Going to the cinema is very dangerous. I mean that in a physical sense and not just that it rots your brain, turns your frontal lobes to feta cheese and causes your mind to degrade to the sort of thing that you pick out of the patterns in the soles of your trainers with a small stick. It is not just being assaulted by a deafening cacophony of animated robots and aliens from space with evil intent, of sitting through some vomitous teenage pop music soundtrack at the sort of volume that the U.S. Army uses to disgorge dictators from their lairs, or even the collection of juvenile japes about bodily emissions or how funny dead people are.
Nor is it the very real possibility that you may be watching a film with Adam Sandler in it, or that relies on a barrage of consequence-free ultra violence, where no hand is hurt administering and no-one ever gets up from a one punch K.O., delivered with the sound of a wrecking ball knocking over a car. The peril inherent in a trip to the flicks is not even limited to the certain knowledge that you will have forked over a very great deal of money to have your faculties affronted by a repetition of the same story line, over and over again, like there is only one tale in the world; one way in which good meets bad and - SPOILER ALERT - good triumphs in the end. It is not the implicit understanding that the baddie is not really dead, no matter how thoroughly he appears to have been dispatched, if there is fifteen minutes left for the film to run, or that no-one who is good looking and has nice teeth or who has their name above the film title in the poster, will ever meet a sticky end.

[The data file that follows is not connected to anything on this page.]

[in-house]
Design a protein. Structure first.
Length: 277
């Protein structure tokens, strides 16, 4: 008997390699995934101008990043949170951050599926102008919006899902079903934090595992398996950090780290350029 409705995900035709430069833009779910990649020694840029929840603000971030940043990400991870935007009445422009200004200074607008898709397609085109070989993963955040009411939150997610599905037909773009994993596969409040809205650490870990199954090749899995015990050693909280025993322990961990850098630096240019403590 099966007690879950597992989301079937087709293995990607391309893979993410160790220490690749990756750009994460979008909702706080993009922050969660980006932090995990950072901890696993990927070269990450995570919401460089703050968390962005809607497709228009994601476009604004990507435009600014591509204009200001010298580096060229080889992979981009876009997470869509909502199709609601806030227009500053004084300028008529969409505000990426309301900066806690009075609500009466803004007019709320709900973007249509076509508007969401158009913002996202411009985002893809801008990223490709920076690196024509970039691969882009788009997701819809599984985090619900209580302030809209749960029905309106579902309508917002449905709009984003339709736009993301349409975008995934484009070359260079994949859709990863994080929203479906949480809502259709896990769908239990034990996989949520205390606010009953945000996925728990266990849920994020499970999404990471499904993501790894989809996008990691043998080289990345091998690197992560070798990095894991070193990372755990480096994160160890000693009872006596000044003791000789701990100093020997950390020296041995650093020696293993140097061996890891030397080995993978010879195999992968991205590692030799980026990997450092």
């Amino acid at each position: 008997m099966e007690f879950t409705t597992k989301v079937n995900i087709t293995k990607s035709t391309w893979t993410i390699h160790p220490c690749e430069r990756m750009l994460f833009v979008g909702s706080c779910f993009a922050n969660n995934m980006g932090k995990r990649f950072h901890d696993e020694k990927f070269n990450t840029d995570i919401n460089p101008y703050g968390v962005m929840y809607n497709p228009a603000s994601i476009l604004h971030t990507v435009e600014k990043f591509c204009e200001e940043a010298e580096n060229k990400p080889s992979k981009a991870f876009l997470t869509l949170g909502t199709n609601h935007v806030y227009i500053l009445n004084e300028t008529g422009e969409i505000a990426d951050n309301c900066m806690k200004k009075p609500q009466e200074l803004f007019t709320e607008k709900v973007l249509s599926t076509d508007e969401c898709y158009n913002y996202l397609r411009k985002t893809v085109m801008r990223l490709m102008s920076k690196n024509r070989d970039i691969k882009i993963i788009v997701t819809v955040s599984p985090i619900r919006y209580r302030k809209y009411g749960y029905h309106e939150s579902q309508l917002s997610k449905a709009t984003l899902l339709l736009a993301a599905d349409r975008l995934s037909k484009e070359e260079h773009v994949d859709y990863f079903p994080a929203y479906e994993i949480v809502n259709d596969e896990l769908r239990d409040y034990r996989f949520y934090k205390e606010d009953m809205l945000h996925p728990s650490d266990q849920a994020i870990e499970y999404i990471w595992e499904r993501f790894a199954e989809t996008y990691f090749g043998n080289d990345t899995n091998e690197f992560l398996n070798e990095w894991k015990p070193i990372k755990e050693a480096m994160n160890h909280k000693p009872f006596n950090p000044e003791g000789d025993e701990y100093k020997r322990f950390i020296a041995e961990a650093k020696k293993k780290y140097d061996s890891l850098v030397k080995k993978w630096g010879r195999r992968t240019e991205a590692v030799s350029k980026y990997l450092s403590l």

The damage done by a trip to the moving pictures is not even that you will be sitting surrounded by chattering apes who natter into their mobile phones and can't stop talking to each other for five bloomin' minutes but who will sit together in silence on the bus home afterwards. It is not even that you might not be able to retrieve your shoes from whatever is making the carpet sticky if you keep them still for more than a moment, or that it is hard to sit comfortably because some mouth-breather has his feet on the back of your seat and appears to be trying to rock himself to sleep.
No, the danger in going to the cinema these days is that you may not be able to climb your way out over the piles of dead people who have eaten themselves to death in the course of 120 minutes. I mean, citizens of Britain, how hungry are you? Can you find it in yourselves to go through the brief period between meals without stuffing your faces with what smells like a teenager's athletic socks and sounds like you are herding Styrofoam chips? Popcorn, in the quantity served at the cinema, we find out, has the same approximate calorific value as a farm and the fat content of the average Asda shopper. No offence.
On a recent visit, taking my life in my hands, I asked if it would be possible for the people sitting behind me to forgo the snacks for the duration of the film, so that at least I could hear the dialogue that was insulting my intelligence. Sadly, they could not answer as they had their mouths full. They let their fingers do the talking.
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